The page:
Of Paxil Suicides Leads
By Evelyn Pringle
16 February, 2007
January 29, 2007, BBC-One broadcasted, “Secrets of the Drug Trials,”
a Panorama program based on an investigation by reporter, Shelley Jofre,
which revealed how GlaxoSmithKline misled doctors into prescribing Paxil
off-label to children, even after its own clinical trials found that
kids could become suicidal when taking the drug.
The program was one in a
series involving the relatively new class of antidepressants known as
the selective serotonin reuptake inhibitors (SSRIs), which have only
been sold in the US for about 20 years.
Paxil is marketed under the
name Seroxat in the UK. It has never been approved for use with children
for any indication in either the US or the UK.
The first program, "Secrets
of Seroxat," was aired in October 2002, and the feedback that followed
was unprecedented, with 67,000 people contacting a BBC helpline and
1,500 people emailing Panorama with stories similar to those revealed
in the broadcast. The second, "Emails from the Edge," was
aired in April 2003, in large part due to the viewer's response from
the first program.
Many of the documents in
the latest program were obtained in a consumer fraud class action lawsuit
filed in the US by the Baum Hedlund law firm alleging that the UK based
GlaxoSmithKline suppressed information about Paxil's failed efficacy
and increased risk of suicidality in children. The case is filed on
the behalf of the general public defined as:
All persons or entities who
purchased and/or paid for paroxetine under the trade name Paxil, Paxil
CR and/or Paxil Oral Suspension in the states of California, Florida,
Massachusetts, Nevada, New Jersey, Pennsylvania, Texas, and Washington
for consumption by a minor.
Baum Hedlund, a US law firm
handling antidepressant cases for more than 15 years, has reviewed thousands
of documents and taken numerous depositions of Glaxo employees and medical
professionals known as academic thought leaders, hired to promote Paxil
over the years.
As usual, in lawsuits against
drug companies, virtually every document produced in the litigation
was stamped "confidential" by Glaxo and sealed under a court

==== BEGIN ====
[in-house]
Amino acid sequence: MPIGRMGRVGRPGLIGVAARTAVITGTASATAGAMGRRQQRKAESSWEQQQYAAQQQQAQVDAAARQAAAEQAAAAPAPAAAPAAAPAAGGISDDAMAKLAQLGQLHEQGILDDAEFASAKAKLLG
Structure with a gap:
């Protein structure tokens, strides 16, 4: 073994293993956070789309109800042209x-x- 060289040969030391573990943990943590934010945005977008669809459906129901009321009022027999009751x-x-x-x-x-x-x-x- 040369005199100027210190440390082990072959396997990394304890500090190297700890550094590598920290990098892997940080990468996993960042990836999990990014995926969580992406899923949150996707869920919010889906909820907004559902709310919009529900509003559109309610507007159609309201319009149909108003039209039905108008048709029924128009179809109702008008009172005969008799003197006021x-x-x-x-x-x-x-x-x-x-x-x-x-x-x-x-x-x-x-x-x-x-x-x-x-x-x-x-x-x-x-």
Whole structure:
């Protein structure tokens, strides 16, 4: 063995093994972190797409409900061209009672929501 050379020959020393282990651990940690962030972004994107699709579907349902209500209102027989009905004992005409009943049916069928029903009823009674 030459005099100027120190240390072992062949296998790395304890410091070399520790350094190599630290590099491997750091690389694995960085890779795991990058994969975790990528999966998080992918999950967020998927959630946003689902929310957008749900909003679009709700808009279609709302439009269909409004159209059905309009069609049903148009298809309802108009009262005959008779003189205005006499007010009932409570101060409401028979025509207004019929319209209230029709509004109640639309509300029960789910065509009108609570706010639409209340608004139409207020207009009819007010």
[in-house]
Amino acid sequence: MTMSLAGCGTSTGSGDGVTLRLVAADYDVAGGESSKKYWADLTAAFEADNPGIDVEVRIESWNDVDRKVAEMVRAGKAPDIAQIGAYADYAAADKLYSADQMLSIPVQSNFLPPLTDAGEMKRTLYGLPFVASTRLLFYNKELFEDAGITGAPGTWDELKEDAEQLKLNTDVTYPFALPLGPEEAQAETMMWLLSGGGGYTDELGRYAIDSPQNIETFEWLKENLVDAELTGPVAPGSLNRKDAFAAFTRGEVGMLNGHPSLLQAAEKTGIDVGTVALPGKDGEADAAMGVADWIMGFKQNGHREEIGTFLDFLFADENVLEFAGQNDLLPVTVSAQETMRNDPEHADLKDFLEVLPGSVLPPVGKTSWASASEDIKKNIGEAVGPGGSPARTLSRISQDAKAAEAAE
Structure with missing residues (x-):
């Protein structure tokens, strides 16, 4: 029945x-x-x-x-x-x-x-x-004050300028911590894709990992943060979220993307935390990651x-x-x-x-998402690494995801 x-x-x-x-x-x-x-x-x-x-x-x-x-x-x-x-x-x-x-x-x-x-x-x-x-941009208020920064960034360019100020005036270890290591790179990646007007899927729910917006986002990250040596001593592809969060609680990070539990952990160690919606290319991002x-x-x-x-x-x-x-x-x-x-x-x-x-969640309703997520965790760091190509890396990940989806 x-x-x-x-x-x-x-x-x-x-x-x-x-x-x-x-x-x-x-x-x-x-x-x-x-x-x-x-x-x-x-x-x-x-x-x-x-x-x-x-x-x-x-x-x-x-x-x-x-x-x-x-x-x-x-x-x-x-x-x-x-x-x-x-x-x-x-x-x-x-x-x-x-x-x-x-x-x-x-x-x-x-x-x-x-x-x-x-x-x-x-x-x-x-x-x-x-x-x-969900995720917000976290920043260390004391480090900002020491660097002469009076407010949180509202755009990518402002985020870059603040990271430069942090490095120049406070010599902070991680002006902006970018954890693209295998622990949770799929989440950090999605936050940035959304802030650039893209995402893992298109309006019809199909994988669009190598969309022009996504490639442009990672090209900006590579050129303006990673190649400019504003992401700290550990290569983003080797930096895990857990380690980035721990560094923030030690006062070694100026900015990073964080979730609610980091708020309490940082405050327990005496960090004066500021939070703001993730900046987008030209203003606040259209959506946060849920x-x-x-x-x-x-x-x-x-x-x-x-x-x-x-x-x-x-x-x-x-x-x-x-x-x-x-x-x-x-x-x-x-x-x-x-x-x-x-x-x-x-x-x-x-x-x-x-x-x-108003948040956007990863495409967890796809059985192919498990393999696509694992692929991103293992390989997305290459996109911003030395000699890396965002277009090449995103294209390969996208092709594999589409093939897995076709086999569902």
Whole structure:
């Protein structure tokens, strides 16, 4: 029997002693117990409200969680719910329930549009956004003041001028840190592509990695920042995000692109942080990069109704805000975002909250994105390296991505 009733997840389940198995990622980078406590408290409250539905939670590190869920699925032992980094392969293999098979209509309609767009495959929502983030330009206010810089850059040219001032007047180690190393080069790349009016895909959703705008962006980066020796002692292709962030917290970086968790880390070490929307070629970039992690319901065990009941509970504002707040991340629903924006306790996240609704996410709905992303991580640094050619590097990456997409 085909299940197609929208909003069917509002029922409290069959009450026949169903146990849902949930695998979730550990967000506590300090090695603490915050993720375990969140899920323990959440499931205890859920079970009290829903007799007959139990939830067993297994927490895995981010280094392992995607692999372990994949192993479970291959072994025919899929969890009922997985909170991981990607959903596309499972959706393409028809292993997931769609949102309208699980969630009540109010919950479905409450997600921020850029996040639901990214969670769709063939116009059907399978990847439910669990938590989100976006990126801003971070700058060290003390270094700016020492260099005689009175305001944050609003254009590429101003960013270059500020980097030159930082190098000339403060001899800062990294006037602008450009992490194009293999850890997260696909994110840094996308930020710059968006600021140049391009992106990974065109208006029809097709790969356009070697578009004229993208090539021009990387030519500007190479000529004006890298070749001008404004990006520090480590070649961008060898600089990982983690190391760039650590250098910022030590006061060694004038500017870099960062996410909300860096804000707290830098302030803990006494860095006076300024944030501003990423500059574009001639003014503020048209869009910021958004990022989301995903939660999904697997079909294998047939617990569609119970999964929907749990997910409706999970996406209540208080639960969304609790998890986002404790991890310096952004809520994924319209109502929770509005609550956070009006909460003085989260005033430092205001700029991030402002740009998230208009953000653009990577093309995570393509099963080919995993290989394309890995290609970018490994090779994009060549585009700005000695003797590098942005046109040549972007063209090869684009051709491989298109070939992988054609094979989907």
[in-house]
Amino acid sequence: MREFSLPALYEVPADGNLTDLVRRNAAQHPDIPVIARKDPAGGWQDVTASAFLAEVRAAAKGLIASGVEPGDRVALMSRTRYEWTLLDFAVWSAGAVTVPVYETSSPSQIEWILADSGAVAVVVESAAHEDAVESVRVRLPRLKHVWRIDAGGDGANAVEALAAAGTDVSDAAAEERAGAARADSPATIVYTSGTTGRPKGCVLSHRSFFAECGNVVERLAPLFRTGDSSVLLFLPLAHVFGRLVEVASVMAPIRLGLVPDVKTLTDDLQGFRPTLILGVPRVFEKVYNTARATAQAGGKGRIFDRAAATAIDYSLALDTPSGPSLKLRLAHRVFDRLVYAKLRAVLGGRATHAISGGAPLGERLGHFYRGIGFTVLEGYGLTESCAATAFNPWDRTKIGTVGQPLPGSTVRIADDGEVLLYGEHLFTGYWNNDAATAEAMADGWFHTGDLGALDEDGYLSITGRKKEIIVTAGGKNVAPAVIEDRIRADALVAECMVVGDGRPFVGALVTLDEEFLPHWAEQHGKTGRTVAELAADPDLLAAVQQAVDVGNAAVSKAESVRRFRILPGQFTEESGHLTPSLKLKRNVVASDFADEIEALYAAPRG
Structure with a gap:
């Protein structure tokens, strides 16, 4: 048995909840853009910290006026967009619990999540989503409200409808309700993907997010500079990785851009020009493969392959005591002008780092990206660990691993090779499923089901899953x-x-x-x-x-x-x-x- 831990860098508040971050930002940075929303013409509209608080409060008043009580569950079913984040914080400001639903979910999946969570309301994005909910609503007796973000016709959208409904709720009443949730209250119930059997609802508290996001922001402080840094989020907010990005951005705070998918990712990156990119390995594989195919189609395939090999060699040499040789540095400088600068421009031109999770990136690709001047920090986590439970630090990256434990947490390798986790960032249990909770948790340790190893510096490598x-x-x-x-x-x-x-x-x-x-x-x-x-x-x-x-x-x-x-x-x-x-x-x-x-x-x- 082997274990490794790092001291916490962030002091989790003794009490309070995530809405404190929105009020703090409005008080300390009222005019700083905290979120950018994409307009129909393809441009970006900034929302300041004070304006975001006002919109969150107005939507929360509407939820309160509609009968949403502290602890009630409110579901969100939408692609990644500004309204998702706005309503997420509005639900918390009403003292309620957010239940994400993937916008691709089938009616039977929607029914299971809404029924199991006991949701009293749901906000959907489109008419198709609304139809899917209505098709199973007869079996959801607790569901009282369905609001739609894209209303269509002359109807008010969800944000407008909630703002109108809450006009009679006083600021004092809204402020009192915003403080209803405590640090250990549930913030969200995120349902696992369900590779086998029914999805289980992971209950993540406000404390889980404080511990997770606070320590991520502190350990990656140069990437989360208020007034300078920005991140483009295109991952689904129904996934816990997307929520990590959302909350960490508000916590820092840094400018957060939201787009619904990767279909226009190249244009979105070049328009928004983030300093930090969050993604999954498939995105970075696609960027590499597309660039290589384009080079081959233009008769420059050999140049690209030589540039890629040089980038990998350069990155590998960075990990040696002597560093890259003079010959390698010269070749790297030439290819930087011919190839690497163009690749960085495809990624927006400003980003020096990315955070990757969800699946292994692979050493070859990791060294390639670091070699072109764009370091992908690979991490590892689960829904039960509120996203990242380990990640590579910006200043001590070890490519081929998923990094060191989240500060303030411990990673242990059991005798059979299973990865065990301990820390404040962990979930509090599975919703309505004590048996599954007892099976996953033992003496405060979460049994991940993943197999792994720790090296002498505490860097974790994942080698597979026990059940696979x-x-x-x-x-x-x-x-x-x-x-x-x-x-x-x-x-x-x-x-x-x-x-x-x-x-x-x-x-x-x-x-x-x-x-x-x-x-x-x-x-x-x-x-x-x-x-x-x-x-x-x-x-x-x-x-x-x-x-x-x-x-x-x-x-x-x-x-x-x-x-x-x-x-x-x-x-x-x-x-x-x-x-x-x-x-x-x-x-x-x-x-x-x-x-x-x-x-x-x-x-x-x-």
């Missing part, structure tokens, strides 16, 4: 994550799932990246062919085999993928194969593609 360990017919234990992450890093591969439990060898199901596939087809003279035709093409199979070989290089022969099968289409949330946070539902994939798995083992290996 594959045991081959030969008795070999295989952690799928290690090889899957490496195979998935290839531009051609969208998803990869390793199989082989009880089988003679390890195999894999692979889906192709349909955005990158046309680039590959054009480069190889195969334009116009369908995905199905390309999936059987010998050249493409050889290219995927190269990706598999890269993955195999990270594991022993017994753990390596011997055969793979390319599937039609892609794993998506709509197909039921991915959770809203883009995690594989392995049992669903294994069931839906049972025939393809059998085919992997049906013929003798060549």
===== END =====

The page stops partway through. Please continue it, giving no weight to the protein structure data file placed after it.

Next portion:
order. However, through a series of legal challenges, Baum Hedlund was
able to get some of the documents released in part, by getting Glaxo
to admit that many did not contain trade secrets and therefore should
not have been sealed to begin with.
Baum Hedlund partner, and
lead attorney on the case, Karen Barth-Menzies, appeared in “Secrets
of the Drug Trials,” and provided many of the documents referred
to by Ms Jofre in the program.
Paxil was hailed as a wonder
drug in the 1990's, sold as an alternative to Prozac for treating depression
in adults. But Glaxo was not satisfied with the profits from treating
adults and wanted to gain a stronghold on the lucrative pediatric market.
According to Ms Menzies,
under FDA rules at the time, if the company conducted tests on Paxil
with children, Glaxo could get a 6-month extension on its patent, which
meant enormous profits. To that end, hundreds of children were recruited
from around the world for several pediatric studies with the largest
conducted in the US, known as Study 329.
During the program, Ms Jofre
interviewed Stephanie Gatchell who described how she had taken her daughter,
Sharise, to a doctor because Sharise had not started her periods yet
and was worried, at which time she was prescribed Paxil.
Although Paxil was also only
approved for adults in Britain, the same as in the US, doctors are allowed
to prescribe a drug off-label for an unapproved use if they believe
it will help a patient. According to Panorama, at the time that Sharise